Jane Eyre: a feminist novel?

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When Jane Eyre was published, it was a big mystery whether it was written by a man or a woman. Charlotte Brontë, the writer of the book, had adopted a male sounding pen name because she was aware of the ruling standard, which said that a female writer could not hope for a ranking similar to men’s. Married women had little existence in general: they had almost no legal rights, properties or divorce rights, neither could they vote or enter universities. But it was soon found out that this romantic book about struggle and suffering must have been written by a woman. You only have to read the following passage:

Women…feel just as men feel; they need exercise for their faculties, and a field for their efforts as much as their brothers do. (Ch. 12)

The fact that men and women were unequal in this time, is one of the main themes of Jane Eyre. Jane is an orphan and is very poor and she is neither beautiful nor wealthy. Therefore her future does not look very bright. Jane has to make a great effort to show her own identity in a society that is dominated by men. Many critics have described the book as ‘feminist’. This is the reason why I picked this novel. Personally I am a huge proponent of feminism. But even though the book may express a feminist philosophy for the time the writer lived in, it seems very unfeminist from my perspective.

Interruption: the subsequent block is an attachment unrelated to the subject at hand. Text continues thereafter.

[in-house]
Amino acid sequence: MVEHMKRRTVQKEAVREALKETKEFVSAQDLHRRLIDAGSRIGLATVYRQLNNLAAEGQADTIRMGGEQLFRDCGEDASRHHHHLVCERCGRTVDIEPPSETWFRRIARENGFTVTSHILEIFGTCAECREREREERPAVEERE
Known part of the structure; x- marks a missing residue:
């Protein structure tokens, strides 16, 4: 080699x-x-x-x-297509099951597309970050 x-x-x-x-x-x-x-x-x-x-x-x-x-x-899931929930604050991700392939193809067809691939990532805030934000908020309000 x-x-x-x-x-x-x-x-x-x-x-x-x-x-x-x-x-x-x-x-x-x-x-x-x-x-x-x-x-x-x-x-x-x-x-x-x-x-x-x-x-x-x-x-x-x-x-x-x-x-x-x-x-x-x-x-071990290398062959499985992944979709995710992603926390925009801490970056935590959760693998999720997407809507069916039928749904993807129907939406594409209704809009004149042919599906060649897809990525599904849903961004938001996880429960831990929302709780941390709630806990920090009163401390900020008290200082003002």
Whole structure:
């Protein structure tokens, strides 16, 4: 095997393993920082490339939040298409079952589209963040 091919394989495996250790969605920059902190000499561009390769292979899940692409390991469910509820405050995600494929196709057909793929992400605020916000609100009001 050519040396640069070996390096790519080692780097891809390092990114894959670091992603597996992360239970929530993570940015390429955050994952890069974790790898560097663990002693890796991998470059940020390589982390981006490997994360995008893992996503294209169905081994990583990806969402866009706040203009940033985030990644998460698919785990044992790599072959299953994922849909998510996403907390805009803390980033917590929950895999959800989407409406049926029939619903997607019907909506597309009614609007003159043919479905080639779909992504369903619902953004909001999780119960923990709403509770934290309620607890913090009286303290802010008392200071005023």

After a horrible youth at charity school, Jane takes a job as governess at Thornfield Hall, a rather creepy castle owned by the attractive Mr. Rochester. She falls in love with him but at their wedding, she discovers his secretive past, which forces her to choose a path of independence. Because she misses Mr. Rocherster, Jane later returns to Thornfield to find a burned down castle. She learns that Mr. Rochester’s crazy wife set the house on fire and committed suicide by jumping from the roof. Trying to save her, Mr. Rochester lost a hand and his eyesight. Jane declares her love for him and comes to live with him as his caring wife.

I was disappointed by the fact that Jane can only accept Mr. Rochester as her partner once he is disabled. At the beginning of the book, he is still a ‘complete’ man and overpowers Jane, who seems too innocent for him. But at the end of the novel, Jane can play the ‘good old’ female role in the household, by taking care of her husband.

Furthermore, this story is too romantic for a real feminist novel. It misses the sensible outlook on life and practical style that feminists tend to have. The book uses many motifs from Gothic fiction. Examples are Thornfield Hall (Mr. Rochester’s house) and The Madwoman in the Attic, that is Mr. Rocherster’s wife. She attacks someone in a scary way: “She sucked the blood: she said she’d drain my heart” (Chapter 20). Next to this, Charlotte refers fairy tales and uses romantic poetry in the book.

So if you are looking for a passionate novel about equality and freedom, I would definitely recommend Jane Eyre, but do not expect a ‘feminist’ novel in the sense that we use the word today.

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